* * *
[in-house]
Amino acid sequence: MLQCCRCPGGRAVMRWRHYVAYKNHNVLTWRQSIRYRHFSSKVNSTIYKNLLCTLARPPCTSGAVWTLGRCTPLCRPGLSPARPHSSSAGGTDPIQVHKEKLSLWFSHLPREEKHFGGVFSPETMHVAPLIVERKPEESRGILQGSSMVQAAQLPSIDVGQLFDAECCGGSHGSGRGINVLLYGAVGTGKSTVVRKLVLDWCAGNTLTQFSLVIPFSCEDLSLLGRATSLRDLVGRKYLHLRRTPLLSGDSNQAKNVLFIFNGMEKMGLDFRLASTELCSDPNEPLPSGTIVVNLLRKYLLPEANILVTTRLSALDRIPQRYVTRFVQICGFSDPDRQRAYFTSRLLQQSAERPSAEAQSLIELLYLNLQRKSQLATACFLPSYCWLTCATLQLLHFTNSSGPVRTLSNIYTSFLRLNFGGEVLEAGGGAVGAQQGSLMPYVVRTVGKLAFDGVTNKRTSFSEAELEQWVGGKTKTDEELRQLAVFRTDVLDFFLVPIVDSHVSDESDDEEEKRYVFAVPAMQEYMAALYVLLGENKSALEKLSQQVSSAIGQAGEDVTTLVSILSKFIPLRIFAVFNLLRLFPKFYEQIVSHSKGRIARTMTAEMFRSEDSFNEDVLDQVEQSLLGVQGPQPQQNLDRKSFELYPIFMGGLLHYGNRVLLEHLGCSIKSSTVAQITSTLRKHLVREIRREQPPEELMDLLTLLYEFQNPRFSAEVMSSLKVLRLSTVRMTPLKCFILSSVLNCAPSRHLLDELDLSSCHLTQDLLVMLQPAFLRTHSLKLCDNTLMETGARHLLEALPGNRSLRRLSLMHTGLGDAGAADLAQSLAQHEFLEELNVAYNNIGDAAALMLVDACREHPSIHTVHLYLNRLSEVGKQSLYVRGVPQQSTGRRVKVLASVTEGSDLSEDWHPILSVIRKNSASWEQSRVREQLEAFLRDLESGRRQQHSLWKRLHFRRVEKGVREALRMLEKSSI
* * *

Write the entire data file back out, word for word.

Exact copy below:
[in-house]
Amino acid sequence: MLQCCRCPGGRAVMRWRHYVAYKNHNVLTWRQSIRYRHFSSKVNSTIYKNLLCTLARPPCTSGAVWTLGRCTPLCRPGLSPARPHSSSAGGTDPIQVHKEKLSLWFSHLPREEKHFGGVFSPETMHVAPLIVERKPEESRGILQGSSMVQAAQLPSIDVGQLFDAECCGGSHGSGRGINVLLYGAVGTGKSTVVRKLVLDWCAGNTLTQFSLVIPFSCEDLSLLGRATSLRDLVGRKYLHLRRTPLLSGDSNQAKNVLFIFNGMEKMGLDFRLASTELCSDPNEPLPSGTIVVNLLRKYLLPEANILVTTRLSALDRIPQRYVTRFVQICGFSDPDRQRAYFTSRLLQQSAERPSAEAQSLIELLYLNLQRKSQLATACFLPSYCWLTCATLQLLHFTNSSGPVRTLSNIYTSFLRLNFGGEVLEAGGGAVGAQQGSLMPYVVRTVGKLAFDGVTNKRTSFSEAELEQWVGGKTKTDEELRQLAVFRTDVLDFFLVPIVDSHVSDESDDEEEKRYVFAVPAMQEYMAALYVLLGENKSALEKLSQQVSSAIGQAGEDVTTLVSILSKFIPLRIFAVFNLLRLFPKFYEQIVSHSKGRIARTMTAEMFRSEDSFNEDVLDQVEQSLLGVQGPQPQQNLDRKSFELYPIFMGGLLHYGNRVLLEHLGCSIKSSTVAQITSTLRKHLVREIRREQPPEELMDLLTLLYEFQNPRFSAEVMSSLKVLRLSTVRMTPLKCFILSSVLNCAPSRHLLDELDLSSCHLTQDLLVMLQPAFLRTHSLKLCDNTLMETGARHLLEALPGNRSLRRLSLMHTGLGDAGAADLAQSLAQHEFLEELNVAYNNIGDAAALMLVDACREHPSIHTVHLYLNRLSEVGKQSLYVRGVPQQSTGRRVKVLASVTEGSDLSEDWHPILSVIRKNSASWEQSRVREQLEAFLRDLESGRRQQHSLWKRLHFRRVEKGVREALRMLEKSSI